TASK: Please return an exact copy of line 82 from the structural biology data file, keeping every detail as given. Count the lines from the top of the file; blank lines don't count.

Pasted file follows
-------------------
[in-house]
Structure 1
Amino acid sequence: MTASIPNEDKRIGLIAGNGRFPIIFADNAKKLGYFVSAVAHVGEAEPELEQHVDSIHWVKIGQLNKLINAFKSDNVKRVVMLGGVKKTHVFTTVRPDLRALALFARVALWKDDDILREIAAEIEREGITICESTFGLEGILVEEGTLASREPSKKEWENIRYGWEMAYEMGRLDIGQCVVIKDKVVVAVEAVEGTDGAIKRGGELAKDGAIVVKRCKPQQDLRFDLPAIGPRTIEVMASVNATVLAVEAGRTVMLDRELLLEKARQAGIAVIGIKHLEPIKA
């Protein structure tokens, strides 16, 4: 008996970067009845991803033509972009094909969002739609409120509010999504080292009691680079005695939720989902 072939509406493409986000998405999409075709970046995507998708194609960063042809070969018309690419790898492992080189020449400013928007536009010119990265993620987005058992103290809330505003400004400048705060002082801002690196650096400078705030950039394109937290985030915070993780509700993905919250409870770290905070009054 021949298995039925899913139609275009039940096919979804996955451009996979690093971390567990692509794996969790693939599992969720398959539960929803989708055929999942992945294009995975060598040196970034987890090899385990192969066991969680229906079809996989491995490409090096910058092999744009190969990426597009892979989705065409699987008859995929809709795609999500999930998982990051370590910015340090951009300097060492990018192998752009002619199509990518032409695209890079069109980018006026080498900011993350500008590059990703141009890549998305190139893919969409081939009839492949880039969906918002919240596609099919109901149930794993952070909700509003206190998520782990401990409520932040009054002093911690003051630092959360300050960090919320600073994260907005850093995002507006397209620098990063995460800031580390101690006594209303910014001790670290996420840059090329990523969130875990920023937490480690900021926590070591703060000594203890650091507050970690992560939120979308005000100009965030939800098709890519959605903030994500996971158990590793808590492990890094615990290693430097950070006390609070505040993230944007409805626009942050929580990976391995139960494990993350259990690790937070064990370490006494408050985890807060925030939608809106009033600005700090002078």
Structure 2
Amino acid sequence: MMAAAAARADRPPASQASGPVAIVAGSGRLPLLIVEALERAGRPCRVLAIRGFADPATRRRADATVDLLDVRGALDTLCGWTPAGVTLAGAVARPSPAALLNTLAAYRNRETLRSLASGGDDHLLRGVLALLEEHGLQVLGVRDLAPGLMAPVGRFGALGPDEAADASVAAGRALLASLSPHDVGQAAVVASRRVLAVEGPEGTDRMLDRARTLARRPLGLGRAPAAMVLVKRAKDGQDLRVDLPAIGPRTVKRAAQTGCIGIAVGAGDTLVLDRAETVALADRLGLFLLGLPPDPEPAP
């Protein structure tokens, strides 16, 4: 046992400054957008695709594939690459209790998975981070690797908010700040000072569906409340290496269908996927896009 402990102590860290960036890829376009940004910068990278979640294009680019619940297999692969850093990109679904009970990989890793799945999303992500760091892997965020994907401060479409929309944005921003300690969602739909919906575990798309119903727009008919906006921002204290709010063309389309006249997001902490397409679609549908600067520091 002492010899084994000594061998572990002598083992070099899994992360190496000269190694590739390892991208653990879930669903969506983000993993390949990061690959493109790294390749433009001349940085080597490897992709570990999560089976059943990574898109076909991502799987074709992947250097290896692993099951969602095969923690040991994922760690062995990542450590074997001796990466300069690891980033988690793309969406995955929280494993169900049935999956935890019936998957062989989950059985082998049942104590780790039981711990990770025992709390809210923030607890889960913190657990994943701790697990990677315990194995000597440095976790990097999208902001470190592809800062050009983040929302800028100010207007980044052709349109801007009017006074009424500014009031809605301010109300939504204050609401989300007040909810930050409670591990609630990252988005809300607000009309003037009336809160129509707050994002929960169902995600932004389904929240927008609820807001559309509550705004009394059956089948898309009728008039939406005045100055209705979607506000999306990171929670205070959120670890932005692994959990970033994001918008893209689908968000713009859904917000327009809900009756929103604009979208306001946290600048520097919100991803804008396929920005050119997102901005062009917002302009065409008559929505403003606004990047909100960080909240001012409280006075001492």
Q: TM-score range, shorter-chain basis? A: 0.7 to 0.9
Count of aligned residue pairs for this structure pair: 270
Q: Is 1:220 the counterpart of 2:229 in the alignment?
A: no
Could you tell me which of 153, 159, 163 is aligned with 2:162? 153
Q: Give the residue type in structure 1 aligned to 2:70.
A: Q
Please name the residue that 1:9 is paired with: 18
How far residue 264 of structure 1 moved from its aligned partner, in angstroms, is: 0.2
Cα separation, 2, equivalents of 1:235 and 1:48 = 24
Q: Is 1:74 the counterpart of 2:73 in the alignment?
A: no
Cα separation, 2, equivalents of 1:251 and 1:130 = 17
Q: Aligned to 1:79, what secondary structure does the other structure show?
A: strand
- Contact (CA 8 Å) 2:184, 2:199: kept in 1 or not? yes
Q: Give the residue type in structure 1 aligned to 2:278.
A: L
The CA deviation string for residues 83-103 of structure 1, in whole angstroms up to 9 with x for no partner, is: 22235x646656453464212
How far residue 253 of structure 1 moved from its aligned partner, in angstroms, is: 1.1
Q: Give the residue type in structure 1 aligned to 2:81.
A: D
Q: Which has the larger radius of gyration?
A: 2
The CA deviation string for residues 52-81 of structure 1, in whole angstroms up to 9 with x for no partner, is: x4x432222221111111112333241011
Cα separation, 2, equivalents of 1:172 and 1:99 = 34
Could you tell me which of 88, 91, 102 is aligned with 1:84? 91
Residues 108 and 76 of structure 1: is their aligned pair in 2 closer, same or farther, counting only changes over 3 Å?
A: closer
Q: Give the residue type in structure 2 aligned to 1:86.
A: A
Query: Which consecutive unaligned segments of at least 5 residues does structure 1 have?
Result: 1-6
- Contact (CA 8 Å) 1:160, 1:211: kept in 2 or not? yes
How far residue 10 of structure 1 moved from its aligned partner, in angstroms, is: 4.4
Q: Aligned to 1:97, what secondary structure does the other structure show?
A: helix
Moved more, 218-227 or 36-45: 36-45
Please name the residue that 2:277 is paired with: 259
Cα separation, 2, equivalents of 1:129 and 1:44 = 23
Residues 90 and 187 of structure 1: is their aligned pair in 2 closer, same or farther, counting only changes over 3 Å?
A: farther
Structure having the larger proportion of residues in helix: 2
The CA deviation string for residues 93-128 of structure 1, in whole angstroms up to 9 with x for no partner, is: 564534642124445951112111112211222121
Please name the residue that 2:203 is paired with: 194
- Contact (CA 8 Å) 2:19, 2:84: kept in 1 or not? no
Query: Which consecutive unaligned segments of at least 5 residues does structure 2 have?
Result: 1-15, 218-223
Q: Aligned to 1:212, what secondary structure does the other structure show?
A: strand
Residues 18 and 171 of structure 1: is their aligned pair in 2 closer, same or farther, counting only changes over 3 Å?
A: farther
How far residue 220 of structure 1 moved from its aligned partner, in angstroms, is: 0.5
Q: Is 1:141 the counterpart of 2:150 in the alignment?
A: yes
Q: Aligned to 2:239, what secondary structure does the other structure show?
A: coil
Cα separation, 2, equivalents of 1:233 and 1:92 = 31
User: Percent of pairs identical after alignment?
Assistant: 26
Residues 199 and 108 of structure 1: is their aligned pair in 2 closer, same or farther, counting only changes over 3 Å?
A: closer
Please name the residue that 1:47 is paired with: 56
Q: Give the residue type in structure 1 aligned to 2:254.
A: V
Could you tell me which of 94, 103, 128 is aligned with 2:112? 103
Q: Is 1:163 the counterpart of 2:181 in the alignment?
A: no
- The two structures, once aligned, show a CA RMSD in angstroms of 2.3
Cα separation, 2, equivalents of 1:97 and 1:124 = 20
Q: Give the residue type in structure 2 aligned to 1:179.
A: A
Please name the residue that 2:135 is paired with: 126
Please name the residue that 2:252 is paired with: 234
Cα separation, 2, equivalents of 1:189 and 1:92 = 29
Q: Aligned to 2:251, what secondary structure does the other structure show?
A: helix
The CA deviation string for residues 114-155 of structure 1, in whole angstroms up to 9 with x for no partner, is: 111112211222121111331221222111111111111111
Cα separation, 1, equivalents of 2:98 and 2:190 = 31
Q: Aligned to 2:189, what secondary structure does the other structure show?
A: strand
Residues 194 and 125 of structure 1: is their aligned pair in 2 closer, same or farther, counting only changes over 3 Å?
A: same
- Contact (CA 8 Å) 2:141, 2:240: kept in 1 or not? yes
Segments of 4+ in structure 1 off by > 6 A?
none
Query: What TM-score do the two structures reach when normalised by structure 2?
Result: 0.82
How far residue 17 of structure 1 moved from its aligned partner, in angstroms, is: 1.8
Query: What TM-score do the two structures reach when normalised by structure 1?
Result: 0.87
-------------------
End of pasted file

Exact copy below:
Cα separation, 2, equivalents of 1:189 and 1:92 = 29